This seminar, delivered by Frances Goodingham from Queen Mary University London, looked at the narrative of slavery in Brazil. We began by discussing how some words, such as cafuné, which cannot be directly translated because you need to understand the context in which the word was originally used to obtain its true meaning.
We learnt about the only first-hand (autobiographical) account of slavery in Brazil, by Mahommah Gardo Baquaqua. In reading some of his writing, specifically about the Middle Passage, we were able to better understand the brutal reality of slavery in Brazil. There are few written accounts because many of the ethnic groups from Africa had oral, not written, traditions.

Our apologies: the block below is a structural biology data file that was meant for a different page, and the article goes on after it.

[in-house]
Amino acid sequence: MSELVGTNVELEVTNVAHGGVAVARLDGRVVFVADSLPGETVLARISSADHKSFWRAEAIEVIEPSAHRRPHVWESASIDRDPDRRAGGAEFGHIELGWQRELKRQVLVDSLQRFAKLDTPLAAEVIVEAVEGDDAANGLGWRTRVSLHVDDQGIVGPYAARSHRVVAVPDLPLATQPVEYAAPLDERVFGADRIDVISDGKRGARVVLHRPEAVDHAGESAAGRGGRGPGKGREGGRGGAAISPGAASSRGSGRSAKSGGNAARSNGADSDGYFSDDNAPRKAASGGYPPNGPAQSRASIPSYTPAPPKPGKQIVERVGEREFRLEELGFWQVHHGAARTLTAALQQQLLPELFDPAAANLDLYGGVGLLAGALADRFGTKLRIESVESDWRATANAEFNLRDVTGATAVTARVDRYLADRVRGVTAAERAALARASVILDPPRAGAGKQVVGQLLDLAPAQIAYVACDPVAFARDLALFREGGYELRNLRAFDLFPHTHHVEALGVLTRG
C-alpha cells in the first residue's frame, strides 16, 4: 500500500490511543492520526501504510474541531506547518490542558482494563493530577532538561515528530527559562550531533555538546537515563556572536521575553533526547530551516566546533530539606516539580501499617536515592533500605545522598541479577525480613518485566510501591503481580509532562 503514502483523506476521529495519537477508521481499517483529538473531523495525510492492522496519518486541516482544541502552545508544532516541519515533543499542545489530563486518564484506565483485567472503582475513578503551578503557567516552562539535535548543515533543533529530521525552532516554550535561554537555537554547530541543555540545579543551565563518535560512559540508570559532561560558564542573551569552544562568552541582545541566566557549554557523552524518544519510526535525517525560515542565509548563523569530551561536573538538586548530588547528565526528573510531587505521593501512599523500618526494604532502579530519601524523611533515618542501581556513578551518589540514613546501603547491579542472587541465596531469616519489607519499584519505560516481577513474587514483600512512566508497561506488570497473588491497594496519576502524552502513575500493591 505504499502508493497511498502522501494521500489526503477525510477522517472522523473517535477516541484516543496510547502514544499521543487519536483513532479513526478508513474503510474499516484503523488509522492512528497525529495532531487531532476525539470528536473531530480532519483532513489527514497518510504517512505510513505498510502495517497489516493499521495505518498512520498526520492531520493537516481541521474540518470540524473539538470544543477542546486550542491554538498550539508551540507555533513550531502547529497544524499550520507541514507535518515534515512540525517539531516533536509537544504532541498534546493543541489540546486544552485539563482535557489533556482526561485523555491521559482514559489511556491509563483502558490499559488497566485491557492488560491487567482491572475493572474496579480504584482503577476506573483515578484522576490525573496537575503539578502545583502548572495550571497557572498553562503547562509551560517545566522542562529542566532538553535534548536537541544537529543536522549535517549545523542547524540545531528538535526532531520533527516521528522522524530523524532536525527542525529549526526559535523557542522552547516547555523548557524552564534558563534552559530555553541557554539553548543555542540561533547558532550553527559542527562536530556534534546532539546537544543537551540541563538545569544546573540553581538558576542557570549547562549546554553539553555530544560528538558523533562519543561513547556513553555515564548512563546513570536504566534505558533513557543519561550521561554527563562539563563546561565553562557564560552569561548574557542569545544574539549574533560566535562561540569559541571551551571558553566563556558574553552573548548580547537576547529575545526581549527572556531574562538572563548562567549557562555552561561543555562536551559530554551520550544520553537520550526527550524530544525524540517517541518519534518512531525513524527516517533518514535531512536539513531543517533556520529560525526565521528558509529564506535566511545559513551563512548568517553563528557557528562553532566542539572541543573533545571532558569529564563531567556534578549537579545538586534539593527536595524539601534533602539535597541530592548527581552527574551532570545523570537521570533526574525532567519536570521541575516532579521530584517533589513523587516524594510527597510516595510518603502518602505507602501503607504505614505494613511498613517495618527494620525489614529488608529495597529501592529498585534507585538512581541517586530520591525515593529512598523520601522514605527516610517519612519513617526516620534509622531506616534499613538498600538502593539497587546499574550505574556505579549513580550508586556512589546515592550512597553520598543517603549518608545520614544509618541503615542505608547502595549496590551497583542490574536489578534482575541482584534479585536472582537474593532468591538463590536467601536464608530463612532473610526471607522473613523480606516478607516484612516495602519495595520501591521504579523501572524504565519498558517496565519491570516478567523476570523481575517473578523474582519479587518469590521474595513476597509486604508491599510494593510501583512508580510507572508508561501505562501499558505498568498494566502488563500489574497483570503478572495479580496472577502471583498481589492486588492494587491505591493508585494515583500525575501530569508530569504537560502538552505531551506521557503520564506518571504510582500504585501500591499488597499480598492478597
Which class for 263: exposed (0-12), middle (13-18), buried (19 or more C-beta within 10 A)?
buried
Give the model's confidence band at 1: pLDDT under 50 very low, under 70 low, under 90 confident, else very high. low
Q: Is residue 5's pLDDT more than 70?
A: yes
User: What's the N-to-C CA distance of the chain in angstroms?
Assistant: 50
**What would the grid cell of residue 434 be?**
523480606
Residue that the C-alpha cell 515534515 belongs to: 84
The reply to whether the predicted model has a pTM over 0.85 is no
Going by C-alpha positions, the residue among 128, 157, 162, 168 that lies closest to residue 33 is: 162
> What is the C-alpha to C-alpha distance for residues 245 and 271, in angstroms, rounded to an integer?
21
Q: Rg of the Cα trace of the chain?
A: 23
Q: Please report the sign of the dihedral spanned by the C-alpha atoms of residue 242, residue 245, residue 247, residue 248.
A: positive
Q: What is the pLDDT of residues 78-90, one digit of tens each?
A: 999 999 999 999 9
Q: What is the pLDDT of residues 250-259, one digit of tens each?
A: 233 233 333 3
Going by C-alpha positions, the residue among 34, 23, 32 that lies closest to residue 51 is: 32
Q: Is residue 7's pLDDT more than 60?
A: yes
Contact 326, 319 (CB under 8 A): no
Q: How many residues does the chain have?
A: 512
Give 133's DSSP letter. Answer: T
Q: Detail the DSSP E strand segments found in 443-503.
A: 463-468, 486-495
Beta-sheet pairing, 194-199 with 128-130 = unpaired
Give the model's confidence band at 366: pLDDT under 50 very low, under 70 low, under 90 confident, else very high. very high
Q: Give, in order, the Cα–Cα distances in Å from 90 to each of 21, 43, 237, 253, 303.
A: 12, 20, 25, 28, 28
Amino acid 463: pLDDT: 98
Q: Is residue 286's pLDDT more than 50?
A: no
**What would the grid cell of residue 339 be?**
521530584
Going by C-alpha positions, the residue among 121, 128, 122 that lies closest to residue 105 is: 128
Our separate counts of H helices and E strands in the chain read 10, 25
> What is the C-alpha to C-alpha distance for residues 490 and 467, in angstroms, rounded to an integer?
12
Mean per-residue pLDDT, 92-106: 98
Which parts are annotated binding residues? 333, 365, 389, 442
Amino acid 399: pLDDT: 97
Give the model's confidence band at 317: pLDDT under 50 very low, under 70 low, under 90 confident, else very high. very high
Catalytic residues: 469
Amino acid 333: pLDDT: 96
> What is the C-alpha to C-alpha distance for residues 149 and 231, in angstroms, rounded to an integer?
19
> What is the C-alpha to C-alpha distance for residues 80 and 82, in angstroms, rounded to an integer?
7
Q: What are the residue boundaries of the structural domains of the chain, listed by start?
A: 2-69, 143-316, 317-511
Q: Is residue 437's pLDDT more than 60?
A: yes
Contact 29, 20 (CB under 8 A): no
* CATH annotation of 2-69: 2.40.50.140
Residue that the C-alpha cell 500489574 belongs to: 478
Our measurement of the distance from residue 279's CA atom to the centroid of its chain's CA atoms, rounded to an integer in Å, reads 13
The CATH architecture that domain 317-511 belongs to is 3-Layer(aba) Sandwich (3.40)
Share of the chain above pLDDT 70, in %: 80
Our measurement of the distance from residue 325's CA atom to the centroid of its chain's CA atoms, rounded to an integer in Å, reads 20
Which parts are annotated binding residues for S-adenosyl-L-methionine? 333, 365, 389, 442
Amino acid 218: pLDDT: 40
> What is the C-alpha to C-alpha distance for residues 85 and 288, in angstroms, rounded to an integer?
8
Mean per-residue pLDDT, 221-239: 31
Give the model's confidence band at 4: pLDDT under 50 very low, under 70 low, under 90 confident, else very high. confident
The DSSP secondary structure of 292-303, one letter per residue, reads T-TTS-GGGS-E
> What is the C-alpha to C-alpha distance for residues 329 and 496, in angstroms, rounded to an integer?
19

The discussion about Manoel Joaquim Ricardo was particularly interesting as his life story is intriguing. Manoel was a slave who owned a ‘business’ in Salvador trading in ‘kola nuts’ - possibly a metaphor for slaves. When he died, he was one of the richest men in the city.
I found this seminar both fascinating and enlightening. Looking at individual accounts provided a valuable insight into the complex and diverse narrative of slavery in Brazil. Although I do not speak any Portuguese, I also enjoyed getting a taste of the language.